You cannot be peaceful when you allow a troubled, fearful heart to dwell within. The phrase “let not” means you have a choice in this matter. The Bible gives clear prescriptions for troubled hearts:

Matthew 11:28: “Come to Me, all you who labor and are heavily burdened, and I will give you rest.”

1 Peter 5:7: “Cast all your care upon Him, for He cares for you.”

Some people won’t take these prescriptions because they don’t want to go to God. They stay away because of lack of trust or believing that God is angry or disappointed in them (see point 1).

Pride is also a common reason. You see, many people take pride in how others view them. In some cases, pride makes them feel important by holding onto burdens so others give them admiration. After all, they are so strong in carrying such a heavy load!

In the past, I have been guilty of that one.

In other cases, pride makes the person feel victimized in holding on to their burdens. Their “reward” is having others feel sorry for them because of their heavy load or they get attention from a woe-is-me attitude.

Either way, pride robs God of the glory that rightfully belongs to Him through carrying your burdens.

God wants to be your strength, your shelter, your fortress, your power—whatever you need. So when you are victorious, you can give Him all the glory and not try to take it for yourself.

Humble yourself under God’s mighty hand and let Him exalt you in due season. He resists the proud but gives grace to the humble.

3. Peace with others. Hebrews 12:14-17 gives direction in this area: “Pursue peace with all men, and the holiness without which no one will see the Lord, watching diligently so that no one falls short of the grace of God, lest any root of bitterness spring up to cause trouble, and many become defiled by it, lest there be any sexually immoral or profane person, as Esau, who for one morsel of food sold his birthright. For you know that afterward, when he wanted to inherit the blessing, he was rejected. For he found no place for repentance, though he sought it diligently with tears.”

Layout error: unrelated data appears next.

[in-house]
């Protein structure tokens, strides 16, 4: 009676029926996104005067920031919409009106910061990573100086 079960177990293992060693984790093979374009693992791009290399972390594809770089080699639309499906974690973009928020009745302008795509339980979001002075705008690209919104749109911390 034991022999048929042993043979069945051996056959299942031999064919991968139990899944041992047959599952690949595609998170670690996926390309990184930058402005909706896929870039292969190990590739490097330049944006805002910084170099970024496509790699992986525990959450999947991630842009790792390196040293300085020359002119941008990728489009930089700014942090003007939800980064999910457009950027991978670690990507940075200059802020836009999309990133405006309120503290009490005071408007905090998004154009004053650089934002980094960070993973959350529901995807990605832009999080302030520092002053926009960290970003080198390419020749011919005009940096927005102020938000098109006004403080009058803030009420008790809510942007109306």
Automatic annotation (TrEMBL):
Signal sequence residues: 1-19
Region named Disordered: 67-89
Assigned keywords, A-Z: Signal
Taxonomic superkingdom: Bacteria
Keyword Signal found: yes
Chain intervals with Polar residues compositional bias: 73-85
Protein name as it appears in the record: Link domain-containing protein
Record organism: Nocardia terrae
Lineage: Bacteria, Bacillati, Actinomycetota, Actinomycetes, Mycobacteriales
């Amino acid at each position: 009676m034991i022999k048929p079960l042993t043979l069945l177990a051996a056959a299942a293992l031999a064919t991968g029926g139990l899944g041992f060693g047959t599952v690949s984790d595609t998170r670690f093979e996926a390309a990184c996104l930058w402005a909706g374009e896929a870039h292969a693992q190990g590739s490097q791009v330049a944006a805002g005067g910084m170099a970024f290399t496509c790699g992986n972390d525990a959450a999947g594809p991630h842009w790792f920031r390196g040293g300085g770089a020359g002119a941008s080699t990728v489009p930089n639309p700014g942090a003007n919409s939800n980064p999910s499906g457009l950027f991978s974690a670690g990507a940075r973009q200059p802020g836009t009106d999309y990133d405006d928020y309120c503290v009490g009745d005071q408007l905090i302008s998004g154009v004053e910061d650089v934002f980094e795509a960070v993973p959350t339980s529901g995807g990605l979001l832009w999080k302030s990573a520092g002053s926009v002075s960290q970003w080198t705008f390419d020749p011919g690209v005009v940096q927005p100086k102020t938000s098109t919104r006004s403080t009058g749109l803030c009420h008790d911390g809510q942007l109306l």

If you tend to be an angry, argumentative person, other people will tend to shut you out and avoid you. They will not listen to what you have to say, even if you want to share the good news of the gospel with them.

Proverbs 18:19 tells us: “A brother offended is harder to be won than a strong city, and their contentions are like the bars of a castle.”

Now, a word of warning: Pursuing peace with all people does not mean giving into the dictates of our culture. This Scripture tells us that we are to pursue peace and holiness.

As God’s people, we are called to live according to God’s Word. When the culture makes decrees that are clearly not in line with God’s Word, we must speak the truth. However, we do so in love and humility.

If someone tries to argue with you or cause contention, do not engage them. An old saying goes, “A man convinced against his will is of the same opinion still.”

You can maintain your peace and stand on your beliefs, knowing that the Lord is your defender.

In closing, take 1 Peter 3:11 to heart: “Let him turn away from evil and do good; let him seek peace and pursue it.”

Seek after those daily decisions that bring peace. Health decisions are a great training ground for this. Turn away from those decisions you know are not good for you. It is not always easy to do that, but afterward, you can expect a reward:

“Now no discipline seems to be joyful at the time, but grievous. Yet afterward it yields the peaceful fruit of righteousness in those who have been trained by it” (Heb. 12:11).

So put on those shoes of peace and share the peace that God has given you with others!

Kimberly Taylor is the author of The Weight Loss Scriptures and many other books. Once 240 pounds and a size 22, she can testify to God’s goodness and healing power. Visit and receive more free health and weight-loss tips.

For the original article, visit

Leave a Comment

Scroll to Top
Copy link